The Awl assembles a list of the 26 reporters arrested (so far) covering Occupy Wall Street stories and reveals what they do and who they are.
“Only seven of the 25 arrested are full-time employed traditional news-gathering employees. A number were student reporters; a few were interns; a larger number were freelancers....more
There’s yet another example of underpaid and undervalued journalists, this time from the campaign bus.
Budget cutbacks have filled these buses with fledging reporters, in contrast to the seasoned political journalists that once occupied those very seats. Mid twenty years old are jumping from their student newspapers to National Journals, hearing the cautionary tales of the cut-throat world of campaign reportage (stuff like: “Everything can and will be used against you”)....more
Errol Morris, the truth-seeker/director of the documentary The Thin Blue Line and The Fog of War is once again having us question the facts. His collection of essays, Believing is Seeing (Observations on the Mysteries of Photography) considers our undiscerning trust in photos, though their reliability is as questionable as any story-telling medium....more
Bay Area News Group is feeling the financial burden that is maintaining viable newspapers in this digital age. Thus, BANG is calling for some major restructuring, namely consolidating their eleven local newspapers into two regional ones and laying off 8% of the staff, around 15o jobs....more
Tom Lutz’s recent essay for the LA Review of Books discusses the missing generation of journalists, the layoffs that have forced out some of the greatest book reviewers from their staff positions on newspaper mastheads and the diminishing of the book review from newspapers at large....more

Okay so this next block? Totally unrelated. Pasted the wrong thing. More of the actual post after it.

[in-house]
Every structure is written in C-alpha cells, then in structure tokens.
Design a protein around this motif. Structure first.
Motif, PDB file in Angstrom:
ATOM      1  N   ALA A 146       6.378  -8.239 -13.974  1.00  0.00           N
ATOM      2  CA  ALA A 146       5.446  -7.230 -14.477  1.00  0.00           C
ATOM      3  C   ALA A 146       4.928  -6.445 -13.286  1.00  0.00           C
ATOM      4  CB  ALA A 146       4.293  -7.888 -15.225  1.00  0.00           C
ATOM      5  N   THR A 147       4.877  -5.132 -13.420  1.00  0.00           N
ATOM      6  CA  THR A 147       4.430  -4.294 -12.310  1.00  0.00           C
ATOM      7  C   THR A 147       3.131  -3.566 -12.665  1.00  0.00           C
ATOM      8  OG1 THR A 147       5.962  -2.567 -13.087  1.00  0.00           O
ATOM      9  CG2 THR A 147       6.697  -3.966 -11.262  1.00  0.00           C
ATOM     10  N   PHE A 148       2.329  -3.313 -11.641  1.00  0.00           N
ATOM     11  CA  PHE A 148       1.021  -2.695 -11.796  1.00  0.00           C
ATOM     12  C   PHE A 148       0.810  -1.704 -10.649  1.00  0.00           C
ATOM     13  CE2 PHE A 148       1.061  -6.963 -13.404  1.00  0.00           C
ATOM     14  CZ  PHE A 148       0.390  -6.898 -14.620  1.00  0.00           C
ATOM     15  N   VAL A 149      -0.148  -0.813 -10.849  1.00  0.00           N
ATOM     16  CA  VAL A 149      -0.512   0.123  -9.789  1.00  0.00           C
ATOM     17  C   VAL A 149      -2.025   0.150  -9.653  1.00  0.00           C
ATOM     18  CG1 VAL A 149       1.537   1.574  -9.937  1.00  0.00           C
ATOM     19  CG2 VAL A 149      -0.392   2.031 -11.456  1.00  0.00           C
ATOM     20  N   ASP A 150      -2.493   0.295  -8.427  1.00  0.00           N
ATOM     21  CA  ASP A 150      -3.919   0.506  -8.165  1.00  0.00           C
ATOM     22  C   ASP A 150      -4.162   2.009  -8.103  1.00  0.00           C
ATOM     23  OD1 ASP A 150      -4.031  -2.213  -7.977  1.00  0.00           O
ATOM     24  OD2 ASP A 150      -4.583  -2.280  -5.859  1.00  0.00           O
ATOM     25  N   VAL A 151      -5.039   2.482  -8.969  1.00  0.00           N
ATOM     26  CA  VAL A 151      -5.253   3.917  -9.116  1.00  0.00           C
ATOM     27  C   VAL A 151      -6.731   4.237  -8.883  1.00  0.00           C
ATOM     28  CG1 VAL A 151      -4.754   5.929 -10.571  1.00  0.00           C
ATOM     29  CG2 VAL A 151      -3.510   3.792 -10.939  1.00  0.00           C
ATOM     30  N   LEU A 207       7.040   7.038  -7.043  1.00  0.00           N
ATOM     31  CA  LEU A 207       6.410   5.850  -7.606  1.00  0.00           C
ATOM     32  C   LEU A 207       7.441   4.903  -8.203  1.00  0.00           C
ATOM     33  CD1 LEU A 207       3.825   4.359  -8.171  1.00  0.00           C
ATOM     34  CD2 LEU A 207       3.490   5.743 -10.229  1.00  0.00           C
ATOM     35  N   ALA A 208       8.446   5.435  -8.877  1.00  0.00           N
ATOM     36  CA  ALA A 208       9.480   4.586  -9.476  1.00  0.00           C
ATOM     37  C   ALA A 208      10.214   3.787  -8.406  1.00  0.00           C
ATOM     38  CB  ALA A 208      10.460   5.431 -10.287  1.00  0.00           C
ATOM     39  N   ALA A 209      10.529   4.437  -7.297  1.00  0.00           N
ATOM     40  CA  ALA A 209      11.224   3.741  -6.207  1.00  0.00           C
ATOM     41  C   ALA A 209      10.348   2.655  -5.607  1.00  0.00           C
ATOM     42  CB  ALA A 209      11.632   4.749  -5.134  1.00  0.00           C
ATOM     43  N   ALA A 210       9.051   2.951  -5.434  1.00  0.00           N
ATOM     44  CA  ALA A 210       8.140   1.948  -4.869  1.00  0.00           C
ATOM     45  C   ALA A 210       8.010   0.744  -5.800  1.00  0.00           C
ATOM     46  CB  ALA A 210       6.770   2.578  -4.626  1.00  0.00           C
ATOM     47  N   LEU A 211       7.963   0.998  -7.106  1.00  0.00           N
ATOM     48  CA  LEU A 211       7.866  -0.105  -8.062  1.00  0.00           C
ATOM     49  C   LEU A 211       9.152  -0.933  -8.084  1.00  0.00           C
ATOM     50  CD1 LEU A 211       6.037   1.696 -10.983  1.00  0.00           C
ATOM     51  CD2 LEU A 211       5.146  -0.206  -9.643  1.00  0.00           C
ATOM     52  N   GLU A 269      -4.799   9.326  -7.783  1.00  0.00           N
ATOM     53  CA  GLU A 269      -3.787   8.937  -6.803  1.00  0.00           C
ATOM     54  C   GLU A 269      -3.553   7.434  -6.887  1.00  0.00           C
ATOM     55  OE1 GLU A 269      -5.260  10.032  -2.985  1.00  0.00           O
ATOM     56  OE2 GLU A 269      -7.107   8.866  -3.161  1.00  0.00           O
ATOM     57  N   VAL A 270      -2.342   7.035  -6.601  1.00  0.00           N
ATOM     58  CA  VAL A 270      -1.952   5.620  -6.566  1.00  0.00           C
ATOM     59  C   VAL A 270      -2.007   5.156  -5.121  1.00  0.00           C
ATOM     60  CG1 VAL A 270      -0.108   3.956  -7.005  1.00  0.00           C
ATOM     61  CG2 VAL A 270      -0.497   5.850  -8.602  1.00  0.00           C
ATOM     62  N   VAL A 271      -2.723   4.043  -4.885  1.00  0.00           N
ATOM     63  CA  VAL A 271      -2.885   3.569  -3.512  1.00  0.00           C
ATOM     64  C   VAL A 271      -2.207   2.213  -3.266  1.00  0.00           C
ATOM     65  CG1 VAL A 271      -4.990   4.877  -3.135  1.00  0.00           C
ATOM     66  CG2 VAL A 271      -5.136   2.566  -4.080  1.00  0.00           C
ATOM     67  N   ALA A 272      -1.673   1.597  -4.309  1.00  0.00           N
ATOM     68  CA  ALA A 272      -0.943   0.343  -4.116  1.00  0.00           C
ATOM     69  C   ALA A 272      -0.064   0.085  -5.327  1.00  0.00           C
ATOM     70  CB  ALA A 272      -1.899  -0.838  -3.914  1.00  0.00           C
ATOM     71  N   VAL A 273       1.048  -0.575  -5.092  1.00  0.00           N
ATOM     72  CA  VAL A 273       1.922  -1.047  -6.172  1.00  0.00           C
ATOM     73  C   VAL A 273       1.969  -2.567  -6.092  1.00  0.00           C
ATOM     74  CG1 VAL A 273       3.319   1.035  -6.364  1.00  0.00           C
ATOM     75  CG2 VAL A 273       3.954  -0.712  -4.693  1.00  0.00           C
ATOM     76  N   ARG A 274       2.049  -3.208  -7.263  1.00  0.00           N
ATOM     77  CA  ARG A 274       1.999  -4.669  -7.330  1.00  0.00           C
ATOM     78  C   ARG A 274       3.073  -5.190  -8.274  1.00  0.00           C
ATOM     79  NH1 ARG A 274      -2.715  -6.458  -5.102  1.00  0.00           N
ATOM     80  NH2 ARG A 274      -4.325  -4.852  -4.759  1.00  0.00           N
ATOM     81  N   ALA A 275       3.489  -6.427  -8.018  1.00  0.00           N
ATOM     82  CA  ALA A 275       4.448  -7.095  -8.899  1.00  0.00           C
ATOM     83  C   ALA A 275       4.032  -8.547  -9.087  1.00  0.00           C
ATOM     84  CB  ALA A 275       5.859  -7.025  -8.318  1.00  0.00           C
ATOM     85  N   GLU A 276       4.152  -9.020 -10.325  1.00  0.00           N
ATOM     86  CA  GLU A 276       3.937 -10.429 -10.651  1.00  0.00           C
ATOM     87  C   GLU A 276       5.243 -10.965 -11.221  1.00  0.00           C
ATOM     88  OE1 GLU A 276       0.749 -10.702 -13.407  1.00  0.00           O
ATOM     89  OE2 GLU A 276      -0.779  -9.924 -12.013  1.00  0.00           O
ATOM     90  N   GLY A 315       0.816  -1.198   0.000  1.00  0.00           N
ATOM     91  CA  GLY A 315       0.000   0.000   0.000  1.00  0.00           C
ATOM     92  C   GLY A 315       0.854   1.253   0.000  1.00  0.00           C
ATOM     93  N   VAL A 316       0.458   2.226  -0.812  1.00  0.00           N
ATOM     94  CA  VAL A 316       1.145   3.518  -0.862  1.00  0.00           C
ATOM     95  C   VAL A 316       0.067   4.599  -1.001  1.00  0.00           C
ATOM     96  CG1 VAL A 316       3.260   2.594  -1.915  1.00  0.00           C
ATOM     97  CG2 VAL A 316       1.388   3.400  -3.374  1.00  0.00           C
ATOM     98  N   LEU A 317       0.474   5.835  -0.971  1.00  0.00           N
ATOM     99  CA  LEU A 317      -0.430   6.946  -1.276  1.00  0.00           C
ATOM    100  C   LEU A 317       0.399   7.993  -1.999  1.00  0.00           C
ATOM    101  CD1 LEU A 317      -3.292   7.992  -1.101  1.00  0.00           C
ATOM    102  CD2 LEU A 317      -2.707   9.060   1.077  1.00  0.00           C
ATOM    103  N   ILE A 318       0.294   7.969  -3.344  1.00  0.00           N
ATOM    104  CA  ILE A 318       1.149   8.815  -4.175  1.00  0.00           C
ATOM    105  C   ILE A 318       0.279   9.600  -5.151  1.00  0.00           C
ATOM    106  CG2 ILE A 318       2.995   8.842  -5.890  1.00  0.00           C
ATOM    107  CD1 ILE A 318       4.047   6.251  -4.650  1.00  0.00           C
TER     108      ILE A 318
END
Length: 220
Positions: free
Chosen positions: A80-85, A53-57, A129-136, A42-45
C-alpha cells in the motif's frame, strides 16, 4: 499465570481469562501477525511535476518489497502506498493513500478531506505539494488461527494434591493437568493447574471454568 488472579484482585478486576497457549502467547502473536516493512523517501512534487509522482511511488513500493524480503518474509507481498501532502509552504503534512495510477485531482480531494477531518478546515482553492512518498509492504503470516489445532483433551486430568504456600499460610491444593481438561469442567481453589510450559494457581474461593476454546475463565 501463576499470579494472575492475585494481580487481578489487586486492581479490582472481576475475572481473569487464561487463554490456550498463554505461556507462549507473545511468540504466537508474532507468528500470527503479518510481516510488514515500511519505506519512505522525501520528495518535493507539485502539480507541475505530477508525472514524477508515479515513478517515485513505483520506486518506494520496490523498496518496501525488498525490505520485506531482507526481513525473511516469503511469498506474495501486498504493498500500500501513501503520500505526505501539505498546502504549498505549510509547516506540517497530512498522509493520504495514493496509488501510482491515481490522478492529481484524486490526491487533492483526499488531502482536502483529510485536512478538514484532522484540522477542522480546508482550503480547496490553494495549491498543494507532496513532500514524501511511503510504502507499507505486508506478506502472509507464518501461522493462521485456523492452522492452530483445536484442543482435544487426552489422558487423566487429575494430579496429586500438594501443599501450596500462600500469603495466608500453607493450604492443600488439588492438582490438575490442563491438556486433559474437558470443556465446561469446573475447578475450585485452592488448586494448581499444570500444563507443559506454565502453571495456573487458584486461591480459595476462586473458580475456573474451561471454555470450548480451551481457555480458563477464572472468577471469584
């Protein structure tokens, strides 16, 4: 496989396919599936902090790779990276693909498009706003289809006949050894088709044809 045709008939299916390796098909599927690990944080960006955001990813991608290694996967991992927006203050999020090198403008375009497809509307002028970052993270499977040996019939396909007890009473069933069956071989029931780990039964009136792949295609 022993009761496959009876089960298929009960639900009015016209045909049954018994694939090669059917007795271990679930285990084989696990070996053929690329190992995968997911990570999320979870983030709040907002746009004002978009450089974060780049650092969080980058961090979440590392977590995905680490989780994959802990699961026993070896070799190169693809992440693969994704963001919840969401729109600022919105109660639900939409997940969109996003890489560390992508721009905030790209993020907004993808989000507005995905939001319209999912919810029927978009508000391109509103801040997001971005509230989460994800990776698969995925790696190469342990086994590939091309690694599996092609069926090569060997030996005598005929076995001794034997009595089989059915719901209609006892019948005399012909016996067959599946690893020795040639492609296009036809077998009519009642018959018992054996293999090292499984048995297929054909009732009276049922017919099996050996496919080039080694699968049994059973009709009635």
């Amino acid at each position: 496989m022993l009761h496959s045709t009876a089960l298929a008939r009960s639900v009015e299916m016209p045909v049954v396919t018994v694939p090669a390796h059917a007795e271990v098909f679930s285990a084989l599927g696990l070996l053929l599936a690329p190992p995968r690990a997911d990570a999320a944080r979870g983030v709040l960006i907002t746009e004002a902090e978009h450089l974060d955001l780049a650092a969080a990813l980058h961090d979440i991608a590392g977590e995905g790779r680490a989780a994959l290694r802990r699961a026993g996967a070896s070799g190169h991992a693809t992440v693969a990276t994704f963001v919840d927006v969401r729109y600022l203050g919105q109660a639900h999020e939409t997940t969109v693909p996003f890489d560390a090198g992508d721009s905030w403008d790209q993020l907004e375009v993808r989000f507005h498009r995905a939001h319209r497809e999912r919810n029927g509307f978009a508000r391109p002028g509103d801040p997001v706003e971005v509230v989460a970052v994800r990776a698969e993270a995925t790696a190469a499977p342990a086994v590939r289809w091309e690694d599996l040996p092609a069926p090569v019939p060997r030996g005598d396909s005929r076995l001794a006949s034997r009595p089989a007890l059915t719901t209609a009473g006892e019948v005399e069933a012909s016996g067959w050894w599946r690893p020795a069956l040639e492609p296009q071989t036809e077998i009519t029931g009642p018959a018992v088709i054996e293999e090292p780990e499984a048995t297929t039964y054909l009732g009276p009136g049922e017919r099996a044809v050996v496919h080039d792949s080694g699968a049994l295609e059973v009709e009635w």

Perhaps the most surprising thing about the British phone hacking scandal is the lack of coverage in the US press.
Among the US newspapers, the NY Times is the only one I can find which has done significant reporting on the story, though the best work on the story comes from (no surprise) the Guardian....more
Here is a GOOD Books’ list of past journalistic scandals, which given the state of the current phone-hacking mess, is some necessary zoomed-out context on the history of journalism.
For example, remember William Randolph Hearst’s megalomanic media domination? Or the thin line between journalistic slant and perspective?...more
With more unraveling of the Murdoch/phone-hacking scandal, the consequences and reverberations of the case have grown extensive and increasingly grave.
The latest development came to light this morning when Sean Hoare, a former employee of the News of the World, who initially outed Andy Coulson for his involvement and awareness of the phone-hacking activity at the newspaper, was found dead in his home in Watford....more
Director Aaron Sorkin’s conversation with NY Times columnist (and intrepid memoirist) David Carr for Interview Magazine delves into the territory of addiction, journalistic journeys and the state of news media. He uncovers much about the state of journalism in these aggregation-based and blog-heavy times, and sheds light on his own unconventional path to the NY Times....more
Sports columnist, Rick Reilly is doling out writing advice to Colorado’s J-school graduating class, and not everybody is taking it so well.
It’s a constant dilemma for writers new and old, having to negotiate exposure vs. payment or deciding whether an unpaid internship will eventually lead to some sort of monetary promise....more